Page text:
Far-right Dutch leader prompts PM's exit

2012-04-23 16:52

The Hague - Far-right Dutch leader Geert Wilders has a reputation for breaking with consensus politics, so it was perhaps no surprise that he should have been instrumental in bringing down the governing coalition.

Reviled and adored alike for his anti-Islamic rhetoric, the 48-year-old was back in the spotlight on Monday after his withdrawal of parliamentary backing effectively prompted Prime Minister Marc Rutte to tender his resignation.

It was just the latest chapter of controversy for a politician who has made clear his contempt for the mainstream, including the Dutch tradition of multi-cultural tolerance.

"We dare to talk about sensitive subjects like Islamisation and we use plain and simple words that the voter can understand," is how Wilders, creator of the anti-Islam film Fitna, explains his popularity.

His 17-minute commentary, featuring shocking imagery of attacks in New York in 2001 and Madrid in 2004 combined with quotes from the Qur'an, Islam's holy book, has drawn outrage in several Muslim countries.

It was released in March 2008 despite opposition from the Dutch government who feared it might spark a militant response similar to that which followed the publication in Denmark of cartoons depicting the Prophet Muhammad.

Leftist elite

He was acquitted by a Dutch court last year on hate speech charges, accused of promoting racial hatred and discrimination against Muslims.

Nicknamed "Mozart" for his platinum-dyed mop of hair, Wilders describes his far-right label as "nonsense", but displays no hesitation in branding the Qur'an a "fascist" book.

"My supporters say: 'at last there is someone who dares to say what millions of people think'. That is what I do," Wilders has said.

"People are fed up with the government; the leftist elite that has failed them."

He has been living under 24-hour protection for the past seven years due to death threats and is now regarded as the best protected man in the country.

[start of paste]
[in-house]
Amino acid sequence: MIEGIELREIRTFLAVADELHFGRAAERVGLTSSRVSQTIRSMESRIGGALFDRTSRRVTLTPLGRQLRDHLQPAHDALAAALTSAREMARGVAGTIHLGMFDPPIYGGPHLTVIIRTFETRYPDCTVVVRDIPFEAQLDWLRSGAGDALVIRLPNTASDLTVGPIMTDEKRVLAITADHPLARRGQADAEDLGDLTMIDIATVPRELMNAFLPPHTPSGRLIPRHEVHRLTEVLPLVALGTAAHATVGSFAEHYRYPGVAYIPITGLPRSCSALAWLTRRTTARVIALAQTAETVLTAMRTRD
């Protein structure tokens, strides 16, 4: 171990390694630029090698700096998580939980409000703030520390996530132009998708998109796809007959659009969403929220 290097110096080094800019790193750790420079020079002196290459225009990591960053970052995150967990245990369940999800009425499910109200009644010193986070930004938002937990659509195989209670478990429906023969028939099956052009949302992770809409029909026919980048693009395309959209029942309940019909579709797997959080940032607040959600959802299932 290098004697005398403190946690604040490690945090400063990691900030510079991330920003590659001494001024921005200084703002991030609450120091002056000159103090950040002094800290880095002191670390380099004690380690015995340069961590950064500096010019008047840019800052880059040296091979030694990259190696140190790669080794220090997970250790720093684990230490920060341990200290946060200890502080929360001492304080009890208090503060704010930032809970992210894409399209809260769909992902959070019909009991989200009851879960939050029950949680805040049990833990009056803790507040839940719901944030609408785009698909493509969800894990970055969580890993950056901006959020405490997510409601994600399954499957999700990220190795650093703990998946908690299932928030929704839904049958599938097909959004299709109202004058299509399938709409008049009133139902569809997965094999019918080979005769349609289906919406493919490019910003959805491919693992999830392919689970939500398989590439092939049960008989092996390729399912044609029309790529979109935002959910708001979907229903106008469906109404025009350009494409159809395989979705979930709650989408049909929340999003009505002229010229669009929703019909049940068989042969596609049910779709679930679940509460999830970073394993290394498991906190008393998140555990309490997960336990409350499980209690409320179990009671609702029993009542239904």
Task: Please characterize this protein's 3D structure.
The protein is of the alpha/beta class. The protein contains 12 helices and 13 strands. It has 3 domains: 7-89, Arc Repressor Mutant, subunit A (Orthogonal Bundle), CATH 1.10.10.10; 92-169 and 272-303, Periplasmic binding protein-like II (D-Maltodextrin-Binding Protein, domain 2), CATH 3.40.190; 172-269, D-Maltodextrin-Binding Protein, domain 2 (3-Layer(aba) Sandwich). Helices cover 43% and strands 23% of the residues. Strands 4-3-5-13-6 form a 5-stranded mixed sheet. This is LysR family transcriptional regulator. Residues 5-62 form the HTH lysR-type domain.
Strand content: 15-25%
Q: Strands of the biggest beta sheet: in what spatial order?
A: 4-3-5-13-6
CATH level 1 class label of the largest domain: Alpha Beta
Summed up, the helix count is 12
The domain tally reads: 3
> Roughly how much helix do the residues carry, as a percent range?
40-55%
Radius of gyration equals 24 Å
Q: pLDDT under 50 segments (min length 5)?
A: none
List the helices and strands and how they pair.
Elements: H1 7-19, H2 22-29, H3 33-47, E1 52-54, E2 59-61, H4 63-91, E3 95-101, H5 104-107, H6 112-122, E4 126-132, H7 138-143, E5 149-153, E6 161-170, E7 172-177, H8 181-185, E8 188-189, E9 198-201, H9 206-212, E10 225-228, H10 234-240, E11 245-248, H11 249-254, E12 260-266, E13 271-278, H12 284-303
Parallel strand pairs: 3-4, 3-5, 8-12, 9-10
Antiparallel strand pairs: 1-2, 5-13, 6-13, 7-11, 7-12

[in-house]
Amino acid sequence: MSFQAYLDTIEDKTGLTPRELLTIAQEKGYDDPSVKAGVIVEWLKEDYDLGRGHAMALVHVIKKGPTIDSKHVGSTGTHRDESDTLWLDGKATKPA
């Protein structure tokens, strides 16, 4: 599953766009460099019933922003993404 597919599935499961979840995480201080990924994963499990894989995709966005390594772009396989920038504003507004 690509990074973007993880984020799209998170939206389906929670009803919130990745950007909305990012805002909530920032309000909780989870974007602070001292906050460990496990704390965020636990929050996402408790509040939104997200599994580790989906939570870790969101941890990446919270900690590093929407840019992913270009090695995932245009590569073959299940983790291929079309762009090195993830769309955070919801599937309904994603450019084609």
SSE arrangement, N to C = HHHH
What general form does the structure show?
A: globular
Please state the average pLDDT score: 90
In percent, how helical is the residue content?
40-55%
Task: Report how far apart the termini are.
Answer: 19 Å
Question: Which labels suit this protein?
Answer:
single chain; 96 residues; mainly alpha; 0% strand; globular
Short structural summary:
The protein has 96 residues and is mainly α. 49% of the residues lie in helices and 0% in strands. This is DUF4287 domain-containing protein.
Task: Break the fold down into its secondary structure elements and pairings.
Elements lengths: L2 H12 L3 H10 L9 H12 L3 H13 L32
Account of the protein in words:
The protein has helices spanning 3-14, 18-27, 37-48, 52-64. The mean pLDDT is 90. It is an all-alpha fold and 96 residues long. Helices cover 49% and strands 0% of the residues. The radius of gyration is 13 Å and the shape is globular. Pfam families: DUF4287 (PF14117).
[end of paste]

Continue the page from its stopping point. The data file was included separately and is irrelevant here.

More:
Wilders started his political career in the Dutch liberal VVD party which he quit after 14 years in 2004, partly over its support at the time for Turkey's EU membership bid.

Biggest problem

Having started off as a policy advisor and speech writer for the VVD, Wilders was elected a municipal councillor in 1997 and a lawmaker the following year, becoming an independent member of parliament when leaving the party in 2004.

He created the PVV for parliamentary elections in 2006, campaigning to "limit the growth of Muslim numbers" in the Netherlands, and taking nine out of 150 seats.

This number jumped to 24 after 2010 polls where the PVV was an alliance partner of the VVD party and Christian Democrats (CDA).

Arguing that "Islam is the Netherlands' biggest problem", Wilders has urged parliament to ban the Koran, comparing it with Hitler's Mein Kampf.

He also wants to ban the full Muslim veil, halt immigration from Muslim countries and stop the construction of mosques in the Netherlands.

He was barred from entering Britain in 2009 to stop him spreading "hatred and violent messages".

Core business

"I want to defend freedom, which I think will disappear into thin air the moment the Islamic ideology gains a stronger foothold in this country," Wilders, who is married to a Hungarian, said.

"It is truly a mission and I personally pay a high price. For years, it has been all but comfortable."

Wilders' residential address is a closely guarded secret. He rarely ventures out in public, and never without a large security detail.

But this would never deter him, the politician said.

"Islam will always remain our core business."

  • Owen - 2012-04-23 18:30

    I love this guy,straight to the point.

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